Modern Slavery Bill

Written evidence submitted by Geoffrey Knipe (MS 29)

1. The Rotarian Action Group was founded in July 2009 by Rotarian Mark Little of the Rotary Club of Norwich St. Edmund and others, and received recognition from the Board of Rotary International in January 2013. The reasons for the formation of the Action Group were expressed as:


· "The kidnap, abuse and use of children as slaves is increasing worldwide.

· Anti-slavery organisations need extra support from other groups.

· Rotarians need to be reminded of their ethical and other responsibilities.

· Rotarians should not only help to protect children from polio, other diseases, unsafe water, poor sanitation but also from the bonds of slavery. The Action Group on Child Slavery will facilitate this task."

2. The aims of The Action Group were expressed in the following terms:

[To] "

· Provide members with a source of information on child slavery issues and future project opportunities.

· Publicise the work of anti-slavery organisations.

· Remind Rotarians of their ethical responsibilities re the rights of children.

· Encourage Rotarians and Clubs to take action by either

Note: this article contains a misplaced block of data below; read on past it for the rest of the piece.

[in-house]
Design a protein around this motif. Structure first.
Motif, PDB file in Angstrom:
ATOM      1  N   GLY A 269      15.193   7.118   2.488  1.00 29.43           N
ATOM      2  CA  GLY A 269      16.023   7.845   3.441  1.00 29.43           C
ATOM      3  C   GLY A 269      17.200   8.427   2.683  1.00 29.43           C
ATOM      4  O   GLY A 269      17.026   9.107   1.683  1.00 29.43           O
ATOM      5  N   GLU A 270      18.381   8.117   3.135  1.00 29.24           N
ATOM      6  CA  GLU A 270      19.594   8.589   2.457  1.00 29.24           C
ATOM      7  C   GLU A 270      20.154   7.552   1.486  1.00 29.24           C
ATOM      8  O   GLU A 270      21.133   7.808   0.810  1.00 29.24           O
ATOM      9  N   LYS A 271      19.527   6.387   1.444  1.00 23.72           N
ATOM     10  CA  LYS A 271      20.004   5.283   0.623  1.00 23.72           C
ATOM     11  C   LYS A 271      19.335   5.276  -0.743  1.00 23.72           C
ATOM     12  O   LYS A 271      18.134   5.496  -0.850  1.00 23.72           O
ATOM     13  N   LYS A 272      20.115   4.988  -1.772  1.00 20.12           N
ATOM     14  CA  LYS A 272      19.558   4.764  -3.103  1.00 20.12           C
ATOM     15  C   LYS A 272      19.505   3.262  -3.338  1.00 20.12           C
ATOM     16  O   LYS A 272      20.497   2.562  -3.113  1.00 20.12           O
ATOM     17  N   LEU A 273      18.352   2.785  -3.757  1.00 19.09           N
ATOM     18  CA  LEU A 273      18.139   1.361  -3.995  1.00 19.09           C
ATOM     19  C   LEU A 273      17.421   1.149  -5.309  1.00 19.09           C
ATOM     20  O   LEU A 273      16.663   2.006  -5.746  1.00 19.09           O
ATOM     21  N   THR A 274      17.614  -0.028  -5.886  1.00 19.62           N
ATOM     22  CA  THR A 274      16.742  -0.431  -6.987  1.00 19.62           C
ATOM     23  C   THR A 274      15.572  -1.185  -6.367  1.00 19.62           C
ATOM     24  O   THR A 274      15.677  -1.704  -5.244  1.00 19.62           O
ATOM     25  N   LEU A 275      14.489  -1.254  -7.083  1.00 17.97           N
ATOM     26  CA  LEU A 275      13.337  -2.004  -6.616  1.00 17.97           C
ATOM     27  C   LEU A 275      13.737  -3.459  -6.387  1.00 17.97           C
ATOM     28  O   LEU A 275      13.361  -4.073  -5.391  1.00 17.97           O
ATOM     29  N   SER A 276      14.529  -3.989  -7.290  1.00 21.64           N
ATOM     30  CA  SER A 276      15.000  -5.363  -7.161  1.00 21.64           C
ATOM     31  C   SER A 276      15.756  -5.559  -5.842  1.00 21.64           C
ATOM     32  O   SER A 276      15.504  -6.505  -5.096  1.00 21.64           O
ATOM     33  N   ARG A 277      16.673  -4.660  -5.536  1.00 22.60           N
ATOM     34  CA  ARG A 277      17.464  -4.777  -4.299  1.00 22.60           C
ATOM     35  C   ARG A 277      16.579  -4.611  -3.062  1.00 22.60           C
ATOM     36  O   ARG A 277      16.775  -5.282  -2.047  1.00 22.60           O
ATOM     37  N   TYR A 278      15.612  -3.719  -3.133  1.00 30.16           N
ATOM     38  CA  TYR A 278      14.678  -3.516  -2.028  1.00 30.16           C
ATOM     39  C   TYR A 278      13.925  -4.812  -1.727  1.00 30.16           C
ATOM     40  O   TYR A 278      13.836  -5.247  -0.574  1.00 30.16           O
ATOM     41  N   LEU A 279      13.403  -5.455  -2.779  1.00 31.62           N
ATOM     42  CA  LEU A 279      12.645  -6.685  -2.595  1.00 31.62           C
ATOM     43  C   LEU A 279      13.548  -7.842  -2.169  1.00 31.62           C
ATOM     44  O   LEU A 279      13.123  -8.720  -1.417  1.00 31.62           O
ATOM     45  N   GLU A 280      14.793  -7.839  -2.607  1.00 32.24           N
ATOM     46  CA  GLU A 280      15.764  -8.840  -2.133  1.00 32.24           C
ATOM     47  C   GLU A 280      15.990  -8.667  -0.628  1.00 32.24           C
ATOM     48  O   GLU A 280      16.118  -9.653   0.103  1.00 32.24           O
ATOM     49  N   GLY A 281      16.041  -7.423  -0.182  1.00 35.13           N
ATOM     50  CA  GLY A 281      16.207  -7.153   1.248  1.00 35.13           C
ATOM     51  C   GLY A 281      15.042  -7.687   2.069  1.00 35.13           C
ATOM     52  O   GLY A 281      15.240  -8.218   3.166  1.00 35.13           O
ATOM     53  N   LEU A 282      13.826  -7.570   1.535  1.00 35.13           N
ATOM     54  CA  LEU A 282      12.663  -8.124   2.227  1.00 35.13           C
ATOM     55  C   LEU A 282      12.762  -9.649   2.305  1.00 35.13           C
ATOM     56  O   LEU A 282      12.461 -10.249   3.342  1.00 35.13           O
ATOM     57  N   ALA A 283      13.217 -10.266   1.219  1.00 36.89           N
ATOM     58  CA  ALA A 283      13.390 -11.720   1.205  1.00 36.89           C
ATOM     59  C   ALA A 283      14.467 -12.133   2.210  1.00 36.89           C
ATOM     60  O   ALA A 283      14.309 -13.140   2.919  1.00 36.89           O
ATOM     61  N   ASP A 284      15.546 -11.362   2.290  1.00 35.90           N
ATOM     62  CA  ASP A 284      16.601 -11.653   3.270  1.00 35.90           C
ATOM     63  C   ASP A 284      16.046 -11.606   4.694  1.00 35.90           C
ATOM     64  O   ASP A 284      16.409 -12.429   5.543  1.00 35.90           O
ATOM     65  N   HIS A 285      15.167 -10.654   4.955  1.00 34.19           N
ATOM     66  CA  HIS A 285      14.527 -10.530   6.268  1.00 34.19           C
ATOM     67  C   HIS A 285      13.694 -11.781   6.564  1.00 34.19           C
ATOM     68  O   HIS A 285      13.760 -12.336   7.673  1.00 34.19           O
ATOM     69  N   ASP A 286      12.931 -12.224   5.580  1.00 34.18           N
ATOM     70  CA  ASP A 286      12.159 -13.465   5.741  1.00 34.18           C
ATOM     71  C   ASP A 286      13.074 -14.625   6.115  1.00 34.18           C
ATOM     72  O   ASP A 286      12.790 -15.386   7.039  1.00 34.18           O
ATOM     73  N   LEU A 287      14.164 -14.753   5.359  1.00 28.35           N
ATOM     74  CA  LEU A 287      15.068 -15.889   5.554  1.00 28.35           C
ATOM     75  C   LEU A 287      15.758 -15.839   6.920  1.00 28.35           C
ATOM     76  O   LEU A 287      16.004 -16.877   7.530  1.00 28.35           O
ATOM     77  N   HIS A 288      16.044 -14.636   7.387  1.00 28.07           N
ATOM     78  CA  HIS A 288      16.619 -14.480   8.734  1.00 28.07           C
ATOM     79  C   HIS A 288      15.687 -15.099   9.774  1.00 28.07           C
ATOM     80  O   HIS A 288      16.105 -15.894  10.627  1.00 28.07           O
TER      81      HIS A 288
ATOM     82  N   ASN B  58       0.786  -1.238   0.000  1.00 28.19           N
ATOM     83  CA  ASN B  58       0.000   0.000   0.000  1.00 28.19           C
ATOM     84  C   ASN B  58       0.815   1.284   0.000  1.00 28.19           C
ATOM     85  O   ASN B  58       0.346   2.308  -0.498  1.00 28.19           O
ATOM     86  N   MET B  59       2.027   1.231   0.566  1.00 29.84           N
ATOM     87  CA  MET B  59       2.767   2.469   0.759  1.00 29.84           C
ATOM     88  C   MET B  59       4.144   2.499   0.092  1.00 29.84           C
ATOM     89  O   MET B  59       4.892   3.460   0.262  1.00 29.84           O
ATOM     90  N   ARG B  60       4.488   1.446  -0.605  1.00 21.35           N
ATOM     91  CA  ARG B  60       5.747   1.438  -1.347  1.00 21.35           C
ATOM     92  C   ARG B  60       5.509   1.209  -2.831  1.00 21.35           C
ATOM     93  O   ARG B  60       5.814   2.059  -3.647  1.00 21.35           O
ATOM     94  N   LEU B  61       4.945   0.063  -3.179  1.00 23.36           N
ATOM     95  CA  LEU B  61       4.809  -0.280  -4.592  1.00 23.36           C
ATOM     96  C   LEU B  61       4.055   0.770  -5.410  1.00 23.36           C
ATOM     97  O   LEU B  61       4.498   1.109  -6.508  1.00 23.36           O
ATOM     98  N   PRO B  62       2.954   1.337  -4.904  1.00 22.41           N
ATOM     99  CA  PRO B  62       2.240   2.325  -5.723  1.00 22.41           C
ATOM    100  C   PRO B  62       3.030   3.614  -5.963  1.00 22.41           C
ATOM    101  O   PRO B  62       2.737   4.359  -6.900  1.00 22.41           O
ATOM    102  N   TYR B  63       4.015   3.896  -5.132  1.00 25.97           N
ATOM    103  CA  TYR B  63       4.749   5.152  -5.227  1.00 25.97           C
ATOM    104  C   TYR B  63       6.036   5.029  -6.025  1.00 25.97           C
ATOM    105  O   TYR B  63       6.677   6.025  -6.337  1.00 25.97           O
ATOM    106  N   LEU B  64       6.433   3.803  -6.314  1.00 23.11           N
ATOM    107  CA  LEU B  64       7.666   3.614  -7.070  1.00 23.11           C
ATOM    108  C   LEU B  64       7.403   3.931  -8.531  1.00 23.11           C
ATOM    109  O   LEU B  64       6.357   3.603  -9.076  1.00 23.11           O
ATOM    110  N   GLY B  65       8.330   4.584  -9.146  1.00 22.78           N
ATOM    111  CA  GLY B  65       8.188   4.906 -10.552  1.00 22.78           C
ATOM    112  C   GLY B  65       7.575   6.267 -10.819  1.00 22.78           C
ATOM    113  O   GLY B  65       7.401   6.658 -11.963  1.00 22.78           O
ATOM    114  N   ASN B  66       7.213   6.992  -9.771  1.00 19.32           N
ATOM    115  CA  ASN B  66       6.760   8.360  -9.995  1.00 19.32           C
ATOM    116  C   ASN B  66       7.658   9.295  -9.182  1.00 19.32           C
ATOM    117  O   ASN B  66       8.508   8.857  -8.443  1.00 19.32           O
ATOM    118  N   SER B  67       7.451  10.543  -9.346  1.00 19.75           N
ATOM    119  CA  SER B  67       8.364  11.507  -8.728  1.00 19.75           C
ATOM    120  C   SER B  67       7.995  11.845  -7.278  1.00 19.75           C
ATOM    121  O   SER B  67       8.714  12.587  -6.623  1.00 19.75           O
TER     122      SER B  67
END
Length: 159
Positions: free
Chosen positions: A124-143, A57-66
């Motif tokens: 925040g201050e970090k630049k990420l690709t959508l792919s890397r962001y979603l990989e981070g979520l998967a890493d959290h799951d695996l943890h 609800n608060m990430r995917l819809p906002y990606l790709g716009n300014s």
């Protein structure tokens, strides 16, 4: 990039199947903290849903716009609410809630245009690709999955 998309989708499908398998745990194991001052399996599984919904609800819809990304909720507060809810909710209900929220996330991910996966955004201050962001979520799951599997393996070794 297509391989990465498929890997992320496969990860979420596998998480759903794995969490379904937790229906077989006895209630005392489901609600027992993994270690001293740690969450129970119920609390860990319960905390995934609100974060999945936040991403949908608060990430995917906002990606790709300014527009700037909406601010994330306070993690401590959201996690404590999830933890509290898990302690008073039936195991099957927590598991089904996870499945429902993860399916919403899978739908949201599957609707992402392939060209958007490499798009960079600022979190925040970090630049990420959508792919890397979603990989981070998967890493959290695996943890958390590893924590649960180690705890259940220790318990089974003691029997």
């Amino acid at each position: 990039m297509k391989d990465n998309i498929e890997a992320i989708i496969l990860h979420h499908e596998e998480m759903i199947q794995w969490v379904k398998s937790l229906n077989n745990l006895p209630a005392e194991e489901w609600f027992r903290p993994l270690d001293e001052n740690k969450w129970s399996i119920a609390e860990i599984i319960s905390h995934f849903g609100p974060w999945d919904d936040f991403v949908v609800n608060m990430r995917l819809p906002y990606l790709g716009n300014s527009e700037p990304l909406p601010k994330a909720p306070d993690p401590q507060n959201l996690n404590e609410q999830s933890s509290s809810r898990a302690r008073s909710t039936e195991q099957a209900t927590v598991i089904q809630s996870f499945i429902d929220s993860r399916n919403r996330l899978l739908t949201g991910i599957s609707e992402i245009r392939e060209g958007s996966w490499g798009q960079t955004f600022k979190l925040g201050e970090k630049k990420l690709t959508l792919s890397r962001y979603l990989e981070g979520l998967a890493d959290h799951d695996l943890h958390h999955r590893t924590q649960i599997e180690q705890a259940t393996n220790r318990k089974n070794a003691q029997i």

a) actively supporting the work of anti-slavery organisations (e.g. donations) or

b) directly supporting various Child Slave Rehabilitation Centres (e.g. personal visits, participating in Matching Grant projects etc.).

· Influence other organisations to consider the rights of children and to take action."

3. Rotary International is a worldwide service organisation of business and professional people, who help those in need, encourage high ethical standards and work towards world understanding and peace. It has more than 1.2 million members in 33,000 clubs in more than 200 countries and geographical regions. The Rotary Foundation is the organisation’s international charity and gives over $169 million (US) every year to educational and humanitarian programmes that promote international understanding.